Welcome to the shift 2020 Brain Food #15 newsletter with news on my activities, insights and links to must read articles on the technological transformations in business and society, carefully curated by yours truly.
It’s been a while since my last newsletter as I was out for a break and contemplating on new adventures and…
As technological progress is relentlessly speeding into the future while moving from the industrial era to a new data-driven future, the exponential technology era is challenging our human creativity every time even more. We are facing tremendous challenges ahead as well, including climate change, rising energy demand, technological unemployment, disappearing middle class (in developed countries), social polarisation, ageing population, longevity, the shift from ownership to access, the rise of the crowd, the coming explosion of synthetic genomics and biology applications, the changing notion of work, population growth, etc. not to mention the growing political instability of certain regions influencing the rest of the world.
While all of this is gradually slipping into our lives (notice it or not), we keep outsourcing our intelligence and capabilities to mobile applications, chatbots, artificial intelligence and robots for the sake of more efficiency, profit and further automatisation. And yes, there are lots of examples and applications where those technologies will do a lot of good and be great for humanity – don’t get me wrong – however looking at things from a holistic perspective, progress moves on while more and more people seem to be paddling along without a clear vision on how they can create a meaningful future for themselves or their company within such a technological ‘dominated’ future.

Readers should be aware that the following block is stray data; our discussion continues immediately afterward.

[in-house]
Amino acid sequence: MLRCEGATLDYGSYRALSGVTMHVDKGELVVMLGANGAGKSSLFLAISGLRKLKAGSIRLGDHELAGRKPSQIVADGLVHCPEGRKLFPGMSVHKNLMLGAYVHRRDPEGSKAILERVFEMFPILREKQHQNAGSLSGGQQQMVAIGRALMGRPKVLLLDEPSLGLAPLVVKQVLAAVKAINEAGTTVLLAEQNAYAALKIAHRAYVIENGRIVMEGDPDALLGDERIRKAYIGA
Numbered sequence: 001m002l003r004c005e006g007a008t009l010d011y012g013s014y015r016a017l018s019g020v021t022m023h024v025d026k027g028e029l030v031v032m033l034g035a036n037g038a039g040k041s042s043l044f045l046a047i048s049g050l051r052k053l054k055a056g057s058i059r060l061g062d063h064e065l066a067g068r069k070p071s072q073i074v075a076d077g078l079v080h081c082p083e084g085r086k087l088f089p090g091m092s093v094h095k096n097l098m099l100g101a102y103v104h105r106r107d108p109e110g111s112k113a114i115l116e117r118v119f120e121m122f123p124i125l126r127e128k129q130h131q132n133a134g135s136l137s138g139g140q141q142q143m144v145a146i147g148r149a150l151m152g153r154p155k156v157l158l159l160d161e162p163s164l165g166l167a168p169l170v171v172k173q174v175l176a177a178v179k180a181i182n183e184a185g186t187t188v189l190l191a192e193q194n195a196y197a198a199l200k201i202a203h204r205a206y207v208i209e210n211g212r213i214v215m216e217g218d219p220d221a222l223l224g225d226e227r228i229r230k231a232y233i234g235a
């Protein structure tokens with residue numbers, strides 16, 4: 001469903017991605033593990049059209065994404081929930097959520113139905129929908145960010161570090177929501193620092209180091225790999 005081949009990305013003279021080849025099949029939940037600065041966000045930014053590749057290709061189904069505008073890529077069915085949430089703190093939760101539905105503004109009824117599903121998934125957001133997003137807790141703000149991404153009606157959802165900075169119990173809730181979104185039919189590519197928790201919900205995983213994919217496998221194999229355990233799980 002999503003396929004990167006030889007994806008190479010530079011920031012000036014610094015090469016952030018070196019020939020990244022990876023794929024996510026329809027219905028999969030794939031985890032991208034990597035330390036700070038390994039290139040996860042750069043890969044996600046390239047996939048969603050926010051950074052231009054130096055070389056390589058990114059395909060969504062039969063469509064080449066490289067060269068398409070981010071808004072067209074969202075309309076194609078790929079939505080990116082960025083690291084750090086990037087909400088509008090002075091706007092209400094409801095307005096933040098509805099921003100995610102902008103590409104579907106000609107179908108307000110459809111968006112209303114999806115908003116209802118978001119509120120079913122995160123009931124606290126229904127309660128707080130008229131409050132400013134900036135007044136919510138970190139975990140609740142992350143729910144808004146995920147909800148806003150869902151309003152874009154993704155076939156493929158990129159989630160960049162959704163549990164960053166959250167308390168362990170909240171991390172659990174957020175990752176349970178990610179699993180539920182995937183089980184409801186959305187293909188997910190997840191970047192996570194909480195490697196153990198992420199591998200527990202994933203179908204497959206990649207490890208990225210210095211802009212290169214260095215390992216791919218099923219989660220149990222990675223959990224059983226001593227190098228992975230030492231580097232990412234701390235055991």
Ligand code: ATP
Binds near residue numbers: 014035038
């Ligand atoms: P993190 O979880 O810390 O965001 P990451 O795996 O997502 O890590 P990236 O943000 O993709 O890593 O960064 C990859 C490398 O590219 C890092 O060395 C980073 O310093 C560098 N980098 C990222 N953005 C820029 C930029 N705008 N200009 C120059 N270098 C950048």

It’s time to (re)connect to our core values and decide how we really want to live our lives in the future, using the best of technology opportunities in harmony with our desired futures, not dictated by companies or technologies. We can only approach this huge potential of change with next level humanity awareness.
Related: Tech Companies Design Your Life, Here’s Why You Should Care by Tristan Harris, Product Philosopher at Google until 2016
Building meaningful futures
If you’re interested to learn how to (re)connect to your core values and learn how to (re)design your life, your professional future, or the future business of your company, you may want to join us for one one of our next Socratic Design Workshops we organise in Cadaques on May 27-28 and June 19-21(right after the SONAR Music Festival in Barcelona). Get insights about the world we’re moving into rapidly, and learn how to transform and adapt your business to prepare for the perpetual technological changes ahead. In good company, in a unique atmosphere.
Socratic Design Academy Group
To stimulate more dialogue online as well, we created a Socratic Design Academy Group. We’ve done a couple of Socratic Design Workshops on various topics with great results and enthusiasm from everyone who attended so we wanted to extend the dialogues and see if this method can work for online learning as well. The objective is to create new narratives for the Future:“Most people think we are living in Reality. But our realities are just a narrative. We are living in old Industrial narratives. And we have to create a new one that can incorporate this exponential technology that is challenging us as Human Beings.” – Humberto Schwab.